Measures are ideals with precise mathematical properties - much more than the assignment of numbers to qualities. Practical measurement requires the application of the ideal to the empirical. These are themes from Joel Michell's "An Introduction to the Logic of Psychological Measurement", Hillsdale, NJ:Lawrence Erlbaum Associates, 1990.
Requirements for measurement:
Michell censures S.S. Stevens (1951) for the confusion caused by his definition of measurement as the assignment of numbers according to any rule, and by his misguided classification of scales as nominal, ordinal, interval, and ratio. Michell argues that the scaling methods of Thurstone (1927), Coombs (1964) and Guttman (1950) have not received due attention because Stevens' shallow definitions have encouraged the acceptance of poorly constructed data. On the other hand, Michell criticizes physicist N.R. Campbell (1920) for reducing additive relations to empirical concatenation, and praises Luce and Tukey (1964) for showing that additivity is an ideal that does not depend upon empirical operations.
The misconstrual of nominal and ordinal data as "measures" together with the empirical problem of constructing data good enough for fundamental measurement have, according to Michell, led psychologists to find refuge in "quantitative methods that, because they assume more, demand less foundational research as the basis for their application. Methods that always yield a scaling solution, like the method of summated ratings, are almost universally preferred to methods which, like Coombs', do not produce a scaling solution when they are falsified by the data. Surprisingly, vulnerability to falsification is commonly deemed by psychologists to be a fault rather than a virtue" (p. 130). Methods that do not specify conditions for validity leave researchers at the mercy of unsupported "assumptions" as to whether a valid scale has been constructed.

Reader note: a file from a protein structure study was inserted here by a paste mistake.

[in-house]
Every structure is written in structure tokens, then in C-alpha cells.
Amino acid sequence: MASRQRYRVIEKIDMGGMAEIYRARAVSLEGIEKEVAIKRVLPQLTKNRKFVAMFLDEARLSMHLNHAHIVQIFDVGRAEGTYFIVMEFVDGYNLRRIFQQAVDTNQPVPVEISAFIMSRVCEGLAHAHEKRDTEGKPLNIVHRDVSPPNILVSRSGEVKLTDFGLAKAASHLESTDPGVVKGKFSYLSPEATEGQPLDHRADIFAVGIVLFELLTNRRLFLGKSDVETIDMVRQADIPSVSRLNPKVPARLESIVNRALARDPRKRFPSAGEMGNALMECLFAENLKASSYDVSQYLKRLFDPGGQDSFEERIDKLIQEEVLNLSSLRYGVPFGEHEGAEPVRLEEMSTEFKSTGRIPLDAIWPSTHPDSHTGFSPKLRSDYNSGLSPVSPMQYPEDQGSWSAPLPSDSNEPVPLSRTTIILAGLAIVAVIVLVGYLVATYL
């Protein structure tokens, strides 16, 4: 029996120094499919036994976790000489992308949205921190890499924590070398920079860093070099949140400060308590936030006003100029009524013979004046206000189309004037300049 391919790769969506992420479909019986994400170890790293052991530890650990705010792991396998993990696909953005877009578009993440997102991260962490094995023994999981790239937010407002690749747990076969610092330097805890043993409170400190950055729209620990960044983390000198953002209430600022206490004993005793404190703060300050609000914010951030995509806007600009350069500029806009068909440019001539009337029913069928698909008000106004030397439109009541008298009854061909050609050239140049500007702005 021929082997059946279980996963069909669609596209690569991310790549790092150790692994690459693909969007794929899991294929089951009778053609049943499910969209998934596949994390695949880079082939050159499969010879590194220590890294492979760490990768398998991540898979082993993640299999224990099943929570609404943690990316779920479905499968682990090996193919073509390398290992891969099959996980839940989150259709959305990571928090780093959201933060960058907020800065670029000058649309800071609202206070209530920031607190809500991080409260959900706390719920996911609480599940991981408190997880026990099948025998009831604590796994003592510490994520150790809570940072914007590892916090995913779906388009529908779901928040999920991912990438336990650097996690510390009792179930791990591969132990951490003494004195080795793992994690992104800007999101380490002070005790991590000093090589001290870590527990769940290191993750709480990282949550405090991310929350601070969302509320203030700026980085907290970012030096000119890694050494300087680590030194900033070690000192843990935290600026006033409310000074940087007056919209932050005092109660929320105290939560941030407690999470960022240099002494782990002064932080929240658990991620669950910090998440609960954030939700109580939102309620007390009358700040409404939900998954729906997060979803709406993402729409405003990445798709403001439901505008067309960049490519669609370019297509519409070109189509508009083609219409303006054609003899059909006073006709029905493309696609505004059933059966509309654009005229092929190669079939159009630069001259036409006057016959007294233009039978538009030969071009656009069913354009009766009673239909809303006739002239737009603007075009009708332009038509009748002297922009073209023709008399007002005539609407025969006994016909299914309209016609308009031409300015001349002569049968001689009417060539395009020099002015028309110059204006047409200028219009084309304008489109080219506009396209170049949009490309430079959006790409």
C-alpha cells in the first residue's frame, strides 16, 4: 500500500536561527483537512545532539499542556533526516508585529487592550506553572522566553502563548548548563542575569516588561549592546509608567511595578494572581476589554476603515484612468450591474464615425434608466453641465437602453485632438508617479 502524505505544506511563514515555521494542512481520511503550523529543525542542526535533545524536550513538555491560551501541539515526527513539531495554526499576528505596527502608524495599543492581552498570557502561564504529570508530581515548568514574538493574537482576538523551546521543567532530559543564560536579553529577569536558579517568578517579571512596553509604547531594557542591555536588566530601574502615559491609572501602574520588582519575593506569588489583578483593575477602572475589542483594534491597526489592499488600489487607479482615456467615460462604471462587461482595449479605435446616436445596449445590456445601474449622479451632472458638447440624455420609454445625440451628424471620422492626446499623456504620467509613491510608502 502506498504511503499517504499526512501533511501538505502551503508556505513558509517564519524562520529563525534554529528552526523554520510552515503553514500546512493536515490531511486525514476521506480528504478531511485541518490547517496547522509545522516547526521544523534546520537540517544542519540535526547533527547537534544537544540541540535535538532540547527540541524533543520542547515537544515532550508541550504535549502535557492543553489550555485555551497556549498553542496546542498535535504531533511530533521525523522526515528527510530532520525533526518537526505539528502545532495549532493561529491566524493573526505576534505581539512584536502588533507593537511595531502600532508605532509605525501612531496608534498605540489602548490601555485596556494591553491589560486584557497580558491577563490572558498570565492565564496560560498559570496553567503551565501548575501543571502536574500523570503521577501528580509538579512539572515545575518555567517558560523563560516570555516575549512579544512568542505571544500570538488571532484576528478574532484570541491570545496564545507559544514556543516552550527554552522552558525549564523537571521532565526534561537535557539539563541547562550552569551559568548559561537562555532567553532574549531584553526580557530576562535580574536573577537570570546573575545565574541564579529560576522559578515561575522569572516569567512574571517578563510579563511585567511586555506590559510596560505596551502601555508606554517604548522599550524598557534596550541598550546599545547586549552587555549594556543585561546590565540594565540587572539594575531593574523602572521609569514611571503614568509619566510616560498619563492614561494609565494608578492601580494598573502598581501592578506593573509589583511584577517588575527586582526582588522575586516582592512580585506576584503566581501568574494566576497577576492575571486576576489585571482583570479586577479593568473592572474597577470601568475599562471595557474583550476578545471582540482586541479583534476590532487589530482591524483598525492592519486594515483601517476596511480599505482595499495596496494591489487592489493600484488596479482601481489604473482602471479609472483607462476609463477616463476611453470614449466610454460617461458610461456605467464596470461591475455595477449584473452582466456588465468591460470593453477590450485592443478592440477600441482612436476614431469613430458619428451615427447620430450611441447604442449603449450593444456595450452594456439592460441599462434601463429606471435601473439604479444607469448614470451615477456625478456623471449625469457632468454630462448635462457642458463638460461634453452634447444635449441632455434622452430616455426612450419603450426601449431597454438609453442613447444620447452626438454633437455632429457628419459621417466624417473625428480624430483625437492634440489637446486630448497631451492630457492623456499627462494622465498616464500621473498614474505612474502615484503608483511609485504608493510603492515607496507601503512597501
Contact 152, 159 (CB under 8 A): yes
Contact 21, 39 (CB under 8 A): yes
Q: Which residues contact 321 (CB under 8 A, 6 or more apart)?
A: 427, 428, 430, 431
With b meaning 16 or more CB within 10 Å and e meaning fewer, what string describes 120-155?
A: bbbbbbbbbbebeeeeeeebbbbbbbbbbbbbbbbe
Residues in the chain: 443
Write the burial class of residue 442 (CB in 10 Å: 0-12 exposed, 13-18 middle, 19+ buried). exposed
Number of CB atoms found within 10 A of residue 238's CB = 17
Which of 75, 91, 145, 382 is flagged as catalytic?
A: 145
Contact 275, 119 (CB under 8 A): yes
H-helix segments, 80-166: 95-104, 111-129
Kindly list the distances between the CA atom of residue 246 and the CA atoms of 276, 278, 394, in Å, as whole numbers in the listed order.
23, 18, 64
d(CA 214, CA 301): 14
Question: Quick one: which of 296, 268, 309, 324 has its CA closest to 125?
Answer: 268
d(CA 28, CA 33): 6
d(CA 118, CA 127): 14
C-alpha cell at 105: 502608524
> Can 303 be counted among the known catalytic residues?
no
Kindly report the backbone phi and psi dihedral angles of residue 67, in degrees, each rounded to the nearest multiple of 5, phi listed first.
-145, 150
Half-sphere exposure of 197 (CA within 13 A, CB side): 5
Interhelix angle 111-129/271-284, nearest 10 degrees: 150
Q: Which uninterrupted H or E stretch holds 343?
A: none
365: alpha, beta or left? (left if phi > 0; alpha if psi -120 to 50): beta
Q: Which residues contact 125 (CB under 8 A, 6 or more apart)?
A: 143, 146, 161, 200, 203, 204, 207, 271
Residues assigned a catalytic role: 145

Rasch measurement, though almost unnoticed by Michell, is a rigorous measurement technique. By asserting that measurement must be a function of only the relevant person and item characteristics, Rasch measurement does not assume that such is the case, as when ratings are simply summed; rather, it tests the hypothesis that empirical person- item interactions are, in fact, dominated by the variable of interest. Rasch measurement, sometimes criticized for assuming too much, actually liberates researchers from unsupportable assumptions about scale validity.
Is Quantitative Science Platonic?:
Michell contends that psychological measurement has foundered on the myth that scientific research must be quantitative. He traces the quantitative imperative from Pythagoras, claiming that Plato furthered it, but that Aristotle countered it with his emphasis on qualities. According to Michell, the Platonic view dominating psychology has resulted in psychologists "accepting a definition [of measurement] so inflated as to rule out none of their methods" (p. 9).